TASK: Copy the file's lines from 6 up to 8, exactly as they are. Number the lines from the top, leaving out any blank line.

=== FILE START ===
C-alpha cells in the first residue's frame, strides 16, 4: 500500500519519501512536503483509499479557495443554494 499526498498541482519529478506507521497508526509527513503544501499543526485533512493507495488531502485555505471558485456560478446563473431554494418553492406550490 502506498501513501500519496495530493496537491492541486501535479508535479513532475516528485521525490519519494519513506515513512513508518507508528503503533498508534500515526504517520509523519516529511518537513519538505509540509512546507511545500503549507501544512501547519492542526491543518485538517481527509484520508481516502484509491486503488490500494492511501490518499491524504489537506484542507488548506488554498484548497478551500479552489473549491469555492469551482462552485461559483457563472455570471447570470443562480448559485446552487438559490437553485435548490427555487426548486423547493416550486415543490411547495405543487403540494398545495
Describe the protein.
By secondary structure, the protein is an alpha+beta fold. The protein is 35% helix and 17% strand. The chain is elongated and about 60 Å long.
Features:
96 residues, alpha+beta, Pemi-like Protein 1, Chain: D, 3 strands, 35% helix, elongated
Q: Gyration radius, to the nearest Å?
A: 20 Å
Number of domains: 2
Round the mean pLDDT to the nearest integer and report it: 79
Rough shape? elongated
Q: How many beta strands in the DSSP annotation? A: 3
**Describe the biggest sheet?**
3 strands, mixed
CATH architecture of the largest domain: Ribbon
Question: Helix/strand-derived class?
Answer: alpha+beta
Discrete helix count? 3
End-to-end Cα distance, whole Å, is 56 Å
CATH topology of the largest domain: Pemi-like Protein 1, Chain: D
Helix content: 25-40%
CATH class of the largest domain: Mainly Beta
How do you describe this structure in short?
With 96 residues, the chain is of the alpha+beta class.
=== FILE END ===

Q: Gyration radius, to the nearest Å?
A: 20 Å
Number of domains: 2